On a steamy summer day in 1982, an Israeli journalist named Uri Avnery rode in an armored Mercedes through a maze of streets in Beirut. The air was full of tension–Israel had just invaded Lebanon, and for several weeks the skies above the country’s war-torn capital had been streaked with fighter planes. The Mercedes pulled to a stop in front of an elegant apartment building in the western half of the city, where a cluster of bodyguards escorted Avnery inside. A short while later, a small man dressed in khaki military fatigues and a matching cap appeared. It was Yasir Arafat, chairman of the Palestine Liberation Organization, meeting face to face with an Israeli for the first time.
The two men sat next to each other on a sofa. Avnery held a tape recorder in his hand, but he seemed less interested in interviewing Arafat, who at that time was regarded as Israel’s mortal enemy, a terrorist with whom it was forbidden to engage in dialogue, than in conveying a message to him. “The fact that we are sitting here,” Avnery said, speaking English with a thick German accent, “is a sign for the future that our two peoples will in the end find a solution…. There will be a Palestinian state and there will be a state of Israel and the two people will peacefully live together in two states that slowly become not only good neighbors but more than this.” Arafat smiled serenely at these words. Then he leaned forward and, jabbing his thumb into the air, proclaimed, “One state! One state!” Avnery smiled back. “I think many Israelis would not agree to this. I think about this we will have to argue in the future.”
Arafat is no longer around to carry on this argument. Avnery still is, to the dismay of many Israelis who probably wish he’d disappeared along with their country’s former archnemesis. Avnery is 84, with a shock of white hair and a thick white beard, but he has lost none of his fighting spirit. He is Israel’s oldest political agitator, the founder of Gush Shalom (Peace Bloc) and a veteran of more demonstrations than perhaps any person in Israel alive today. Mohammed Khatib, a Palestinian activist I met last summer, nodded immediately at the mention of his name. “Adam achla,” he said of Avnery. (“Great guy.”)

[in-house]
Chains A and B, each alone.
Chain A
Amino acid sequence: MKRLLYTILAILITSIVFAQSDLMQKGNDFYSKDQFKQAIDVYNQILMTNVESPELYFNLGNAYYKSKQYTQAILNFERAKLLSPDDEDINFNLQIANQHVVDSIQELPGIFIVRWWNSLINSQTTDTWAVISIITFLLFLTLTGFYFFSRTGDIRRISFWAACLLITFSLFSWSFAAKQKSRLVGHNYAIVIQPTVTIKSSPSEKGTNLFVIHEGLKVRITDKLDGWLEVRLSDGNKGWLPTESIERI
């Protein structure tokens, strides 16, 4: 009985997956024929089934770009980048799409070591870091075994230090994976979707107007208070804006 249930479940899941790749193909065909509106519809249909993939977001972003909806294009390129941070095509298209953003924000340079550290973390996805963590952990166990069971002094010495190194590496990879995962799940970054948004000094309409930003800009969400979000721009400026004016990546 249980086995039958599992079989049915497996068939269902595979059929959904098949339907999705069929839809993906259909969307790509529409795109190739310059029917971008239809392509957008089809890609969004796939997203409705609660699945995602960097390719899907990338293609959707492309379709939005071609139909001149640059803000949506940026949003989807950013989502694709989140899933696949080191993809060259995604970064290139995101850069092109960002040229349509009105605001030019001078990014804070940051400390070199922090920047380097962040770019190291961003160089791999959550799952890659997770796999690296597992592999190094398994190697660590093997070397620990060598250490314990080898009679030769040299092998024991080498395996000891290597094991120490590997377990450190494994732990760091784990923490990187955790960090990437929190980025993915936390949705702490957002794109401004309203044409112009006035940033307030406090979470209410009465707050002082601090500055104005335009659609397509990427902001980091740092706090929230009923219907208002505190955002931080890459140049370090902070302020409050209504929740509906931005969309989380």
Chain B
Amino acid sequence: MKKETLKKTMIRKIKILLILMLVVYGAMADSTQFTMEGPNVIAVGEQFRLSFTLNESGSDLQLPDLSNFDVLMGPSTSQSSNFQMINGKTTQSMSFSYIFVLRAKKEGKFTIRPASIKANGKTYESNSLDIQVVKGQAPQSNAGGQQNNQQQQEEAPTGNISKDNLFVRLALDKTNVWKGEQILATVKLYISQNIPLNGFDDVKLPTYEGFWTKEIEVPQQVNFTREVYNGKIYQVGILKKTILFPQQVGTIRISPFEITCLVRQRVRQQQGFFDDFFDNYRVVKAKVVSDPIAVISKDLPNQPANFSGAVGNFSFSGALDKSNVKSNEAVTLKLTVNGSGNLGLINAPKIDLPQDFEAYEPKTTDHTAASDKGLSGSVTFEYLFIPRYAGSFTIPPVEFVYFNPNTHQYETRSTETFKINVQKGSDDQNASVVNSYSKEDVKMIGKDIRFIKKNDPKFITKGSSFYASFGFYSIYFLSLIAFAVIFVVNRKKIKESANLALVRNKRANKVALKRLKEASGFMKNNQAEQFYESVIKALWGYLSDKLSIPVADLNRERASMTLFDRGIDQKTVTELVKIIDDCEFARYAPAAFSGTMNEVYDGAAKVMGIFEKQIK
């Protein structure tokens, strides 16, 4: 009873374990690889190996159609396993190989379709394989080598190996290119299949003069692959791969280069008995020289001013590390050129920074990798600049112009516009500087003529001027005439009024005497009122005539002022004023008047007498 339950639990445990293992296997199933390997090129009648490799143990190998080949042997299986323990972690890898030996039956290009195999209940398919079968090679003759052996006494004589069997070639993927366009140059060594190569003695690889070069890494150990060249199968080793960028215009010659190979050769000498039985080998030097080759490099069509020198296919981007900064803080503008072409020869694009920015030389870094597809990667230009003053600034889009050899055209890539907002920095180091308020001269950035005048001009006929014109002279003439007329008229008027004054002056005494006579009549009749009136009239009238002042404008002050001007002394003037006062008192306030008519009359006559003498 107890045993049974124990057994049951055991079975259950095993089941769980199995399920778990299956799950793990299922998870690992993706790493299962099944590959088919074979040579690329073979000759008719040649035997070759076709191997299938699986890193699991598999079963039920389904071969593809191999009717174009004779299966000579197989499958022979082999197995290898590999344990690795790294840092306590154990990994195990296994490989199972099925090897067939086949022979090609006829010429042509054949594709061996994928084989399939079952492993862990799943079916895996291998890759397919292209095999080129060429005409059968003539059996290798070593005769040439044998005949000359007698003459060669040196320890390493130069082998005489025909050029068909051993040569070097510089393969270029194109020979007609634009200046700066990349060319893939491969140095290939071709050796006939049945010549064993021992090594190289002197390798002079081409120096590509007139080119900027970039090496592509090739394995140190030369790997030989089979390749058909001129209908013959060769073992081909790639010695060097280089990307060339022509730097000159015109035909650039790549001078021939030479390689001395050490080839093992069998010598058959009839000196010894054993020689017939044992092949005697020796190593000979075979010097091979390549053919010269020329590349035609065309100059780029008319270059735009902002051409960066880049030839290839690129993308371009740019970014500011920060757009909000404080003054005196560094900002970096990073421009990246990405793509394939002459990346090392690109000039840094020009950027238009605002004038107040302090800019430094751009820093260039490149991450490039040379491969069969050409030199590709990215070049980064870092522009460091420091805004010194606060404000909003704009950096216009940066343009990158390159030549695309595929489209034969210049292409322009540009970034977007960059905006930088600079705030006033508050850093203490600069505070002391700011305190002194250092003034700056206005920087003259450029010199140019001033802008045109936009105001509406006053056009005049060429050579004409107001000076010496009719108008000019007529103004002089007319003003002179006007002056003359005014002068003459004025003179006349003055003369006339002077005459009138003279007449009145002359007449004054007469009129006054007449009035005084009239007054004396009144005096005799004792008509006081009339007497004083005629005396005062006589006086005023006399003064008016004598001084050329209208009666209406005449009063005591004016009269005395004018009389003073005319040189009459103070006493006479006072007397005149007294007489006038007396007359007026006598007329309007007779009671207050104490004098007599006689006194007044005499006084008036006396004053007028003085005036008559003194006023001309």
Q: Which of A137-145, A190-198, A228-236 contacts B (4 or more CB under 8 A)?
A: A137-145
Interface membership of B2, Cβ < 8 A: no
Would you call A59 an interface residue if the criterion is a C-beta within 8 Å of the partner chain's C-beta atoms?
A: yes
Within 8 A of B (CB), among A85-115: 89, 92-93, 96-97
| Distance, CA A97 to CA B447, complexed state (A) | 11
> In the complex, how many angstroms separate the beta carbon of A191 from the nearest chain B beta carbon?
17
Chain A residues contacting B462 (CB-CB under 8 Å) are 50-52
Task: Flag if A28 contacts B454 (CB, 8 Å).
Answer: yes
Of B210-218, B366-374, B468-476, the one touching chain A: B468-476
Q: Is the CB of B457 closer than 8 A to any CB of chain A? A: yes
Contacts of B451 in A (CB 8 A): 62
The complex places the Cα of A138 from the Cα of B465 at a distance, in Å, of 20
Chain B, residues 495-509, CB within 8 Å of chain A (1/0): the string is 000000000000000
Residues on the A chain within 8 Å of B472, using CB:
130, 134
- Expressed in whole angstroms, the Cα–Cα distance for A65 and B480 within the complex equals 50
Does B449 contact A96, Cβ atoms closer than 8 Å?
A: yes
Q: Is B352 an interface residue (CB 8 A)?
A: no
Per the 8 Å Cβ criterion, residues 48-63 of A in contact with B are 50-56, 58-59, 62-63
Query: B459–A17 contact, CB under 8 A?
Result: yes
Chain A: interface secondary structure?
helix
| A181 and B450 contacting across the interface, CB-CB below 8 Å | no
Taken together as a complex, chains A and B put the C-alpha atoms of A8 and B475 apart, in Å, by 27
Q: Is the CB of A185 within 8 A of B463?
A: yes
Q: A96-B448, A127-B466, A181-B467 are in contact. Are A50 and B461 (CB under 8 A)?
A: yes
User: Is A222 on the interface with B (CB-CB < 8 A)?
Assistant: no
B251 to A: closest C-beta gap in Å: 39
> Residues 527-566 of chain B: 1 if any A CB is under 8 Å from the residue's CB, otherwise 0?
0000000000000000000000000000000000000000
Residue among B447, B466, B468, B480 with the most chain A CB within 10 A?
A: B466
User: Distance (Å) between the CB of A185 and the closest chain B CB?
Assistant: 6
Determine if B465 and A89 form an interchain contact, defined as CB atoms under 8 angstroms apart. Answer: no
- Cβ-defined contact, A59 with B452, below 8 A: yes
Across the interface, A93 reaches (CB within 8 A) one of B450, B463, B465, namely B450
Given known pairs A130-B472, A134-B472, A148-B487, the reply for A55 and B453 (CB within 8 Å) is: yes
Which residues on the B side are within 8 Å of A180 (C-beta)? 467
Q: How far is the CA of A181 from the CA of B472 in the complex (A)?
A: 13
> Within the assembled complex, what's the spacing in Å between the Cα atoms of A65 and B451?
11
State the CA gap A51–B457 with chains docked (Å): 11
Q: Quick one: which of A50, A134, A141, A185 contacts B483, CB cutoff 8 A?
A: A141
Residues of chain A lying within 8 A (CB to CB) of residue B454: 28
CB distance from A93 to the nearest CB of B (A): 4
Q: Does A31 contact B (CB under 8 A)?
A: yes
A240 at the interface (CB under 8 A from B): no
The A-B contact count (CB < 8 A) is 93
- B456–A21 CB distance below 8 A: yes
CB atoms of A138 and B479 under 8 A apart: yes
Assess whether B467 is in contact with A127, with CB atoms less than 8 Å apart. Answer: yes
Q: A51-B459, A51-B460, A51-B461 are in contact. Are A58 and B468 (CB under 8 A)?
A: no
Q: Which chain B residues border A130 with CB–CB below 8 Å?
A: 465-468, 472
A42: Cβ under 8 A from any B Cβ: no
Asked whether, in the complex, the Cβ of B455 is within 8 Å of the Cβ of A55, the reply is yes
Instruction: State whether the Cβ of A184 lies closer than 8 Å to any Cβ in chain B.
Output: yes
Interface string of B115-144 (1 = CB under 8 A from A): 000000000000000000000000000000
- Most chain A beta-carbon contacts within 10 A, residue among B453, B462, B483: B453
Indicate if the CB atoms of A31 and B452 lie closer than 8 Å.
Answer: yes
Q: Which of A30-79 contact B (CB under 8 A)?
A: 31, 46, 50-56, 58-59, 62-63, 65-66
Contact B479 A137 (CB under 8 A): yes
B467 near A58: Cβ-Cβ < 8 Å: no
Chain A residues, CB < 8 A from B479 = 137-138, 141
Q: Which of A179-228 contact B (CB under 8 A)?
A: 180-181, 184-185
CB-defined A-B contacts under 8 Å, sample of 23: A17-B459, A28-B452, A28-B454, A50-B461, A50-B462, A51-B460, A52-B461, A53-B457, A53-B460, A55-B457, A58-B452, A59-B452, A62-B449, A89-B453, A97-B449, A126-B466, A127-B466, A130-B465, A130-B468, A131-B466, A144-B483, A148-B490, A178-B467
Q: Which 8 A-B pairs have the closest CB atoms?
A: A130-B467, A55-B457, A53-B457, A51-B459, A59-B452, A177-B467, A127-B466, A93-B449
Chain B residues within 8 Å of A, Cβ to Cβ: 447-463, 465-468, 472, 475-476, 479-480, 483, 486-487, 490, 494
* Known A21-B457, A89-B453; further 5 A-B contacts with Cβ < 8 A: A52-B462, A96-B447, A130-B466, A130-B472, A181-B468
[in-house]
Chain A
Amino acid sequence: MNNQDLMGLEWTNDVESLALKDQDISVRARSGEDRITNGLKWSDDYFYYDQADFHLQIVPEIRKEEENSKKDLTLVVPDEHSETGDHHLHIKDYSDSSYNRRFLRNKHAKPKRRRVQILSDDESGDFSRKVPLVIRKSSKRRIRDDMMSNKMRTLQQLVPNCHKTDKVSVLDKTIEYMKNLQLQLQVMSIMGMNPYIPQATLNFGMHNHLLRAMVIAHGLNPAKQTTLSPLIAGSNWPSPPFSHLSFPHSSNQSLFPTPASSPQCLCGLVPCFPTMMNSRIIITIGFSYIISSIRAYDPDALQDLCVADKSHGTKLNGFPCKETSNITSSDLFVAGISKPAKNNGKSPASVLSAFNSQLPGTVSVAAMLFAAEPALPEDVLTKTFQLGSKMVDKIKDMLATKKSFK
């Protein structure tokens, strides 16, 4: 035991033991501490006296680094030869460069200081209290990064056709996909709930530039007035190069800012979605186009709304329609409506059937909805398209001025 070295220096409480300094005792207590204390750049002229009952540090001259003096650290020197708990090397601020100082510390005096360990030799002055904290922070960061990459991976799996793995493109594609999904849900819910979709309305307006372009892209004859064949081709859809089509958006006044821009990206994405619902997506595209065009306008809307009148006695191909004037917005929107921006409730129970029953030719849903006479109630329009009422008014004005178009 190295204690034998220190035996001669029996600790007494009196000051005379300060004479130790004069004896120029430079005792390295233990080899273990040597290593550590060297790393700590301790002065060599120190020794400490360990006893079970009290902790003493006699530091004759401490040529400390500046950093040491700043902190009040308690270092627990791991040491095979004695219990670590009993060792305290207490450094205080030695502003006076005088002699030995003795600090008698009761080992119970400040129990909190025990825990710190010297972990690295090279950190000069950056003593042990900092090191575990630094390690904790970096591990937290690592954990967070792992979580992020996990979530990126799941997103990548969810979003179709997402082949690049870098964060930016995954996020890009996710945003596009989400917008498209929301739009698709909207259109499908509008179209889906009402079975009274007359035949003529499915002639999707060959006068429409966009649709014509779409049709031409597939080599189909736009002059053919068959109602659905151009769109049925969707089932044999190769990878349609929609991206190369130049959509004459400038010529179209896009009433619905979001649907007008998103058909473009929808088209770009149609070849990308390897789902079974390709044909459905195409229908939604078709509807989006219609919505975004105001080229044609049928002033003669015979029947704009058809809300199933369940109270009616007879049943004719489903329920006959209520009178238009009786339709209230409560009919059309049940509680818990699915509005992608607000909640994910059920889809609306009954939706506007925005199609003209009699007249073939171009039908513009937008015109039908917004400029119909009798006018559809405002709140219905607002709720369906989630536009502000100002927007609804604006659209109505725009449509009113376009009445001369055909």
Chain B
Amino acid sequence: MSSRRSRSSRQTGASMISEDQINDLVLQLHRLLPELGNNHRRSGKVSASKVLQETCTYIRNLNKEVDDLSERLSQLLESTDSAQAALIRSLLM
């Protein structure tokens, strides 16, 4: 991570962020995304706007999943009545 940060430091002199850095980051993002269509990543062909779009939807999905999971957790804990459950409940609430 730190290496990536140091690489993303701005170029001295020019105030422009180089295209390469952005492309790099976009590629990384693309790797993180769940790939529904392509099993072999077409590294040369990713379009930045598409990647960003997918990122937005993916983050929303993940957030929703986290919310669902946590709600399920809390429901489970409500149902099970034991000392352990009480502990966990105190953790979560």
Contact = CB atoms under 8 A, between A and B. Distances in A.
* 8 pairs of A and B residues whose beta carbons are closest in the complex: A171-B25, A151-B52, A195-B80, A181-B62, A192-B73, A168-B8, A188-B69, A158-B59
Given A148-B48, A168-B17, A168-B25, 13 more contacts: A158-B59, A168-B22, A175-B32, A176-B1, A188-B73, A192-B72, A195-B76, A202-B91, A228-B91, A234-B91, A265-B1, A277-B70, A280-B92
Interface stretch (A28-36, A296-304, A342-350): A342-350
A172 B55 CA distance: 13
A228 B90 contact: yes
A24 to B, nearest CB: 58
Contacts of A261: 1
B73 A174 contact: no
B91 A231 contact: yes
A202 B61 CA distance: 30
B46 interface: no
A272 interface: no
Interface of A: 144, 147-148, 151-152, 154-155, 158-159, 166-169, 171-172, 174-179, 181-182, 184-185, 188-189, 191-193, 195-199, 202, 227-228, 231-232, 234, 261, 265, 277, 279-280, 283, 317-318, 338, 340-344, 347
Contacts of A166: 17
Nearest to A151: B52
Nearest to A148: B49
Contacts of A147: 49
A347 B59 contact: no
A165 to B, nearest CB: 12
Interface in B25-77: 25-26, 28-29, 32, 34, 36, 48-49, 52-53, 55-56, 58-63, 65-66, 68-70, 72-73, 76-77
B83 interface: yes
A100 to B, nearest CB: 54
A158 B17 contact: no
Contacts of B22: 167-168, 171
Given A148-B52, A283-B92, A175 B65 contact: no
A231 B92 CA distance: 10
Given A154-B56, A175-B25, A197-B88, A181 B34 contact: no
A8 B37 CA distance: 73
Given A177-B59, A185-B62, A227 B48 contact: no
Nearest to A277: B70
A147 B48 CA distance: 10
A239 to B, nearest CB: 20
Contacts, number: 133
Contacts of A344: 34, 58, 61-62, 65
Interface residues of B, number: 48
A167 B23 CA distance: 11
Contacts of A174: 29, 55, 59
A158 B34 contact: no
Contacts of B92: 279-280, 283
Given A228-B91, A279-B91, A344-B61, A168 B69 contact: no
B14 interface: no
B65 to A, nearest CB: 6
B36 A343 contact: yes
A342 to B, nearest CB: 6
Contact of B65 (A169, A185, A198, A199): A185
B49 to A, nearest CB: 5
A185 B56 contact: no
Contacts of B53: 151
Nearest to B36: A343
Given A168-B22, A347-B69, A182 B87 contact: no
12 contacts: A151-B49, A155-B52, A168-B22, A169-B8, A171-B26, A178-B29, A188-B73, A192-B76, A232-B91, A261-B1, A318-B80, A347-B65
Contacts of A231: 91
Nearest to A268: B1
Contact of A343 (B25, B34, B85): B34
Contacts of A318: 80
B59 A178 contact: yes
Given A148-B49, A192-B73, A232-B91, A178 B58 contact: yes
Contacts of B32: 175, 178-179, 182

This is not how Avnery is described by many Israelis, who, if they’ve heard of him, would more likely tell you this so-called man of peace has done nothing but stir up trouble all his life. Avnery might not deny the charge. “I was never a quiet man,” he once remarked to a documentary filmmaker. That’s putting it mildly. In 1950 Avnery began publishing an irreverent newsweekly, Haolam Hazeh (“This World”), which so inflamed the country’s ruling elite that Isser Harel, chief of Israel’s secret service at the time, wrote that Avnery was “Public Enemy Number 1″ in the eyes of the Zionist establishment. On several occasions Haolam Hazeh‘s offices were bombed by unknown assailants; Avnery was set upon by thugs who bloodied his face and broke his arms in an apparent effort to silence him. It didn’t work. In 1965 Avnery launched and won a maverick campaign for a seat in the Knesset, where he served for the next eight years as the often-lonely champion of an array of radical causes: full equality for Arab citizens, the disestablishment of religion, the creation of a Palestinian state in the territories Israel occupied in 1967.
That the last idea does not seem so radical today attests to the fact that, like the small number of Israelis who came to the conclusion that their country will never know peace until Palestinians have a nation of their own, Avnery was a man ahead of his time. Remarkably, Avnery reached this conclusion not long after the 1948 Arab-Israeli war, decades before many of Israel’s leaders were prepared to acknowledge that “Palestinians” even exist. When Israeli historian Tom Segev sees Avnery, he told me recently, he often thinks to himself, “Here is the man who for sixty years has been right.”